“Nana” is described as a Newfoundland dog in the original story, but with the approval of Santa Barbara Theatre and Rose, Carmen Killam (Milliner and Crafts Supervisor) and Ken Burrell (Cutter/Draper) used a St. Bernard as their inspiration, as they felt the coloring would be better for stage purposes. After all was decided, Carmen and Ken set to work creating a functionally artistic costume.
25 Dec 2009
Every year, Santa Barbara Theatre produces Leonard Bernstein’s “Peter Pan.” This year, instead of renting the costume for Nana, the nursemaid dog, the company decided to have one made to keep in their stock. They had seen the pictures from Hansel and Gretel on the Utah Opera Costume Rentals website, and found that the animals the costume shop created for that show were the same style they were looking for: cartoonish and yet believable, so they called Rose Brown, Utah Opera’s Costume Director about commissioning the dog costume.
In order to create the head of “Nana,” Carmen first found as many pictures of St. Bernards from as many different angles and with as many expressions as she could. Next, she drew out a profile of the dog to easier adjust it to fit a human head, and also to use as a guideline once she started carving the foam. It ended up needing to be even bigger than she had originally drawn it, so she scanned the drawing and asked Jared Porter (Technical Director for Utah Opera) to help her scale it up in AutoCad.
To make the mold, Carmen cut slabs of foam that would be glued together to form a cube. Once the block of foam was solid and the glue was dry, she traced the re-sized profile onto the block. She found she would need to take a lot of foam off the block before she could get to the detailing, so she used a hot knife to slice strategic chunks of it away. Then, using sand paper and rasps, she started the arduous process of smoothing and detailing that subtractive sculpting requires.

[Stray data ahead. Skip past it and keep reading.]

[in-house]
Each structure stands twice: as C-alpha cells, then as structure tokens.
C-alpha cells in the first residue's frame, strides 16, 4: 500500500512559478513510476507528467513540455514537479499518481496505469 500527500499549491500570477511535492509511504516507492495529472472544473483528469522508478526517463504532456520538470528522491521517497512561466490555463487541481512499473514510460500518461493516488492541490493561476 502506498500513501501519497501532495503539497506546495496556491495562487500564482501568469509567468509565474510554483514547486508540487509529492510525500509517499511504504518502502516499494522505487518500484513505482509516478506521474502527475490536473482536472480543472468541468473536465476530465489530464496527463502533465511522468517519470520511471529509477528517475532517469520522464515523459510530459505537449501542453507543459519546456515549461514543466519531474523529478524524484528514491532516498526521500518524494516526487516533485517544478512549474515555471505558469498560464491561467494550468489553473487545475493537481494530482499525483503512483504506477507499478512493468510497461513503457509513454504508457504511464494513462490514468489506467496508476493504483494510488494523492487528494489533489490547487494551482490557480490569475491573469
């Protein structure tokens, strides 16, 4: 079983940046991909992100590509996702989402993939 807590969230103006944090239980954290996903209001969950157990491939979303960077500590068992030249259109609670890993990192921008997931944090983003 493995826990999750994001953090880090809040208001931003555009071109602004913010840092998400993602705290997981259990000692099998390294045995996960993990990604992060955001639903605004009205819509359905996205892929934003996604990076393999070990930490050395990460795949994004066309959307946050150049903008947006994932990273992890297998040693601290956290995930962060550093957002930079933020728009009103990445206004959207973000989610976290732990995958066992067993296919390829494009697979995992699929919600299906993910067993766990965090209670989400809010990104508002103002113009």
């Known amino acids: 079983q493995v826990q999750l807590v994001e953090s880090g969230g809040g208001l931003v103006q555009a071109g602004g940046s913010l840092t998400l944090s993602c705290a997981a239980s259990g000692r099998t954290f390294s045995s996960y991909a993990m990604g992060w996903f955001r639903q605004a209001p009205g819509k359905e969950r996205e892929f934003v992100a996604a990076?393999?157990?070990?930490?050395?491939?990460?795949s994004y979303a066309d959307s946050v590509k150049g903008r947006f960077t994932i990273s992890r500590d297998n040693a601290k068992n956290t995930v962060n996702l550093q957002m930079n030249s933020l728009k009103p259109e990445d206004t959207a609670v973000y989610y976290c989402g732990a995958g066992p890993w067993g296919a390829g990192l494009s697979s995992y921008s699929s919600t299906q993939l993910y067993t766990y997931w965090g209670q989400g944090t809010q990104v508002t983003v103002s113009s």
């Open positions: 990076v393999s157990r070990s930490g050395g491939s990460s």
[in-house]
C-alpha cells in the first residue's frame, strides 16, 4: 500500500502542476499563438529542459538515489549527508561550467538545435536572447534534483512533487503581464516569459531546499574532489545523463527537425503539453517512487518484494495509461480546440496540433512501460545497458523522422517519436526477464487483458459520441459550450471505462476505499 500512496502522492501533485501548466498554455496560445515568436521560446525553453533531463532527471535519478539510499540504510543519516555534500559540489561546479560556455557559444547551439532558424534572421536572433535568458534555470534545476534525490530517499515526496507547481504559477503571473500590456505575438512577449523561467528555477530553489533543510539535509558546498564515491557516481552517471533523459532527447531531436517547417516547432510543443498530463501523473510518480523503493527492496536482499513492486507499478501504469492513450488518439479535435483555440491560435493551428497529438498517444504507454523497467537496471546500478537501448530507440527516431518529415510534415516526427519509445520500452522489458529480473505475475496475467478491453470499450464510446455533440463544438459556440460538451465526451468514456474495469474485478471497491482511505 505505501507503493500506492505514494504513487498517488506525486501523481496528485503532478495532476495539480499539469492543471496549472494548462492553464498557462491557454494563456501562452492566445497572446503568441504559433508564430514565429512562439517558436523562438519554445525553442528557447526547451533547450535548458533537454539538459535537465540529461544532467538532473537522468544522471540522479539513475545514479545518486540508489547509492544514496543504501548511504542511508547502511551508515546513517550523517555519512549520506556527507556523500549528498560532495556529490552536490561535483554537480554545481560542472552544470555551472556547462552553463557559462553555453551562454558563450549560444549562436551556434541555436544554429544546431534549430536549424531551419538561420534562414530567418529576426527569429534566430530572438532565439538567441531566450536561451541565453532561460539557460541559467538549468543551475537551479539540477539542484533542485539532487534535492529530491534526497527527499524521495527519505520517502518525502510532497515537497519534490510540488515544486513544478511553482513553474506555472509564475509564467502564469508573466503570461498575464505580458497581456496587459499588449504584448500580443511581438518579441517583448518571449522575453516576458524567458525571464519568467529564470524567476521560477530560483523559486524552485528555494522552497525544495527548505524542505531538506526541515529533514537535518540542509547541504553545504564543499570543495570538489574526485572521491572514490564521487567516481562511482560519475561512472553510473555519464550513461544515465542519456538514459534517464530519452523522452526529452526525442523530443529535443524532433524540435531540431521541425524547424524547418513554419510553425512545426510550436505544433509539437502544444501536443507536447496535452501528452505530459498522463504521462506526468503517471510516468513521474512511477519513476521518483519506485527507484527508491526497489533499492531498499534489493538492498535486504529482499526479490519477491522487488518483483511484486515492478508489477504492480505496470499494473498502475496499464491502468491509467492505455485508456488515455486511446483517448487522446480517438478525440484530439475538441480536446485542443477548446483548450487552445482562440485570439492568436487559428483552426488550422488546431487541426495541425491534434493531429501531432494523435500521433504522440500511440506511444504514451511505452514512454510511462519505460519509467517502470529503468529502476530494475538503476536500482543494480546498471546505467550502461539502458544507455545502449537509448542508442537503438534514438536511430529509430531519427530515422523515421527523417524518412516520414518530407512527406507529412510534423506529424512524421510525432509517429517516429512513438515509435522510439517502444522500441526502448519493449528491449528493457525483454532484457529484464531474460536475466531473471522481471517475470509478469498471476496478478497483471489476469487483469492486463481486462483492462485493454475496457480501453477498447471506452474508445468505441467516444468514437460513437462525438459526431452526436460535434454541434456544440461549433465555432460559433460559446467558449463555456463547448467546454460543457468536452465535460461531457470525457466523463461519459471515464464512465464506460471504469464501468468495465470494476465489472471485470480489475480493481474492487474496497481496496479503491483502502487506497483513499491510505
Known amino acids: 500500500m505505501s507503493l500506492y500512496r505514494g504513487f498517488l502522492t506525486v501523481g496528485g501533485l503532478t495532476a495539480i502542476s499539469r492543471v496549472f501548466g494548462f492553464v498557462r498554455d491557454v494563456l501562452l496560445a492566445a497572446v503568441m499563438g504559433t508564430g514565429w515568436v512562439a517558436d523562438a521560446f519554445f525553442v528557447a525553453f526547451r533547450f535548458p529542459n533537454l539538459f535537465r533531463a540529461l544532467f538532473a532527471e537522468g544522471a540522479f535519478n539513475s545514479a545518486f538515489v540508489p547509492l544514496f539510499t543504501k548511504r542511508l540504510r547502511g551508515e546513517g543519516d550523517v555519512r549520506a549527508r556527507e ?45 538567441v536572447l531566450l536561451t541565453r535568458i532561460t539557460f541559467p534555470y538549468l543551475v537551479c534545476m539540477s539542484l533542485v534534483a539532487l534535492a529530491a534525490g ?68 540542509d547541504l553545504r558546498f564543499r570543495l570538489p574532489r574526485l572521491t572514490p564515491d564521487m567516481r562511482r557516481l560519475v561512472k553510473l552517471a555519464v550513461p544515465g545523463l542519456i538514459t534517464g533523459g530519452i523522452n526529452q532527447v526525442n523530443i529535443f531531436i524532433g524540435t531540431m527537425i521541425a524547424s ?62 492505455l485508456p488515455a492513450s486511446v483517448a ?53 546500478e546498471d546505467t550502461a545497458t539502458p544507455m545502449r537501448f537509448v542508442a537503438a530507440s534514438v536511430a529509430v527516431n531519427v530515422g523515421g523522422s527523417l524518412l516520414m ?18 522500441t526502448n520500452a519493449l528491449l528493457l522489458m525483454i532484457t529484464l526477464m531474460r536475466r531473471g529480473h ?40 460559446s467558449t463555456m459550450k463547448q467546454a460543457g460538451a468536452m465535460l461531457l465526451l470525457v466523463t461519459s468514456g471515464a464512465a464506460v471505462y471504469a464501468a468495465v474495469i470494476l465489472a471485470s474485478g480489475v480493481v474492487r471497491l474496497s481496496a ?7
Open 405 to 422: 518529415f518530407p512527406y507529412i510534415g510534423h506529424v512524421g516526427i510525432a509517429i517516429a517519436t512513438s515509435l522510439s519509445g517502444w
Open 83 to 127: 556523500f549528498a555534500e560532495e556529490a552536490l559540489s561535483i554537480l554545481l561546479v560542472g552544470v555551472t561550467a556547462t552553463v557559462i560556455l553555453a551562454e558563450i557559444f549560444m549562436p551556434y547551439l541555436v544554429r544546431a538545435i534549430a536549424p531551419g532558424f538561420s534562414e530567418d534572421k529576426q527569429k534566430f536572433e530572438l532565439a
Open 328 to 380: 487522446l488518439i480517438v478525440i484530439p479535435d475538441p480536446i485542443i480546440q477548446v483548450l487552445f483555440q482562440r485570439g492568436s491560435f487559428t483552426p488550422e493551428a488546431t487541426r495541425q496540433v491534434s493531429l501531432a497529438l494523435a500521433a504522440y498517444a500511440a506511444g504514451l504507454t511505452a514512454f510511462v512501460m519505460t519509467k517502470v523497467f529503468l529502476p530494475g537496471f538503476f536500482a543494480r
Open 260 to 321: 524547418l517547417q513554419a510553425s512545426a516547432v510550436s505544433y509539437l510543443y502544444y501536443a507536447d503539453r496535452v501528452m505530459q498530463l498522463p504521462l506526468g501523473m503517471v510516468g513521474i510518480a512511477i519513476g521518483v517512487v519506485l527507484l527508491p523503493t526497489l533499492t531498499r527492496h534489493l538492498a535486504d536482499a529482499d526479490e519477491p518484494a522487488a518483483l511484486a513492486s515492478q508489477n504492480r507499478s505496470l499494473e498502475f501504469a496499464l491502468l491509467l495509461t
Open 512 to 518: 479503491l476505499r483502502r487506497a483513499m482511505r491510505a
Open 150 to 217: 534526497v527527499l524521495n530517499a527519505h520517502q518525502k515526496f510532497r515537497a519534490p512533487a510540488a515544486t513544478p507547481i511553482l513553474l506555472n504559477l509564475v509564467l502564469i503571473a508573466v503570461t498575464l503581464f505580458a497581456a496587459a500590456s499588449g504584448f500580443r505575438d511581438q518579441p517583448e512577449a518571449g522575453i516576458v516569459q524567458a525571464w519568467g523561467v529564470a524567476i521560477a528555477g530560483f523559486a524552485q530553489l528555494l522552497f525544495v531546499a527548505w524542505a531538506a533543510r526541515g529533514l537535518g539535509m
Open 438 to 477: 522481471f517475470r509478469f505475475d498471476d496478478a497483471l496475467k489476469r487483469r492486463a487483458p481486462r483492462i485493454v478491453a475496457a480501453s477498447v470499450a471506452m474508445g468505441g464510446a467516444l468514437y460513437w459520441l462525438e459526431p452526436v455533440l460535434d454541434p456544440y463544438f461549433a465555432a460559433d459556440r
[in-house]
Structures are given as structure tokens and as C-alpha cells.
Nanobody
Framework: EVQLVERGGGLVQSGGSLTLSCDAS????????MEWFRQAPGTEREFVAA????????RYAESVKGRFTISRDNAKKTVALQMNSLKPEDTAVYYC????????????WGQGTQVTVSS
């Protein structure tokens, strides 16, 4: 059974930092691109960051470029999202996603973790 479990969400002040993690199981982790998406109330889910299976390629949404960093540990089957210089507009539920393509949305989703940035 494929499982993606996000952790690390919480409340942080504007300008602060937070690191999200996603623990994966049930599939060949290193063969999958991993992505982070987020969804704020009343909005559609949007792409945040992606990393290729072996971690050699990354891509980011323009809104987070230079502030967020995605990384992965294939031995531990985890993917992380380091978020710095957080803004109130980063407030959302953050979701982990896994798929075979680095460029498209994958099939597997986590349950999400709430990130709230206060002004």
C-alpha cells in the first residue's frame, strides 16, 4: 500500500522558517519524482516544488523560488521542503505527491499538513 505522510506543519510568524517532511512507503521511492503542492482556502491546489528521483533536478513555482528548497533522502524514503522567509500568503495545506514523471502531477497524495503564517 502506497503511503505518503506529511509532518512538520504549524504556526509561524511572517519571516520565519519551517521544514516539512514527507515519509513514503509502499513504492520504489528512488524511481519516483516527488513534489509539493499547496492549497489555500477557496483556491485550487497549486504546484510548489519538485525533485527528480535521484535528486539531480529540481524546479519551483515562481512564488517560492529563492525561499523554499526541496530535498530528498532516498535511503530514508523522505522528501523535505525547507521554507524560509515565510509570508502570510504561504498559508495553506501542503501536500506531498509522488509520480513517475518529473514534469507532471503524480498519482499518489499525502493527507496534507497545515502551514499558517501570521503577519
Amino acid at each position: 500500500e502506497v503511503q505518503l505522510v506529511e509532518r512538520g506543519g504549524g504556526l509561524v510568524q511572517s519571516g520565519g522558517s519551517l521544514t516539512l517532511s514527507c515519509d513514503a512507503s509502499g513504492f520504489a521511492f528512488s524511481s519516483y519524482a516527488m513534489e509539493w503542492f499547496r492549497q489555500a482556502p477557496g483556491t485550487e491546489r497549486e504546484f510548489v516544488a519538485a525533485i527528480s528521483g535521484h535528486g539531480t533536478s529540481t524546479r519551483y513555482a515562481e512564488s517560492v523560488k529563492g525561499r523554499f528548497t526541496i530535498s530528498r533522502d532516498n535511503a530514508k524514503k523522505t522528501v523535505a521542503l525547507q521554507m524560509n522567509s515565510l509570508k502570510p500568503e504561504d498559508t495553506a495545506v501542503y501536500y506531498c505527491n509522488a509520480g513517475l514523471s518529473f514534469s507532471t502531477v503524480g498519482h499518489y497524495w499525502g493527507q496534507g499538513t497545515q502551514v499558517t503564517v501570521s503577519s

Carmen found it helpful to have other sets of eyes to stand back with her and look at the mold taking shape. Other people, she explains, might see something that she missed or that needs to be altered or fixed. Kelly Nickle (Prop Master), Lane Mortimer (Assistant Prop Master) and Jared Porter, were all extremely helpful with this step. They were also good to share ideas with and helped with problem solving.
Once the “Nana” head was carved, it was covered with aluminum foil to protect it as she molded Veraform (a wide mesh-like thermoplastic activated by heat) over the head mold. After taking the shaped Veraform off the mold, Carmen painted the eye and nose areas to help indicate where to leave blank, and where to put fur.
Next Carmen had to figure out where to attach a skull cap within the dog head so it would fit comfortably on the performer’s head. Ken kindly agreed to be the model, and it was discovered that in order to keep the head level while it is worn, a foam pad needed to be added on top of the skull cap to raise the dog head up a bit. The jowls and ears are separate pieces from the head base, which helps with the movement and believability.
Carmen used a combination of her patterning and draping skills to cover the head with fur. It is a tedious process, making sure the fur is going in the right direction and then stitching it to the head.
Meanwhile, Ken used foam and lycra to create a base body form which would be worn by the actor to pad his or her body to help give a better illusion of having a dog body. He then made a fur suit that is worn over the base, complete with a tail that is attached to a belt inside the fur suit around the waist of the actor. Ken even made and covered front and hind paws, building up the front paws so that when the performer is down on all fours, both sets of “legs” are the same length.
When put together, the ensemble creates a believable and interesting costume that will doubtlessly be impressive and interesting onstage.
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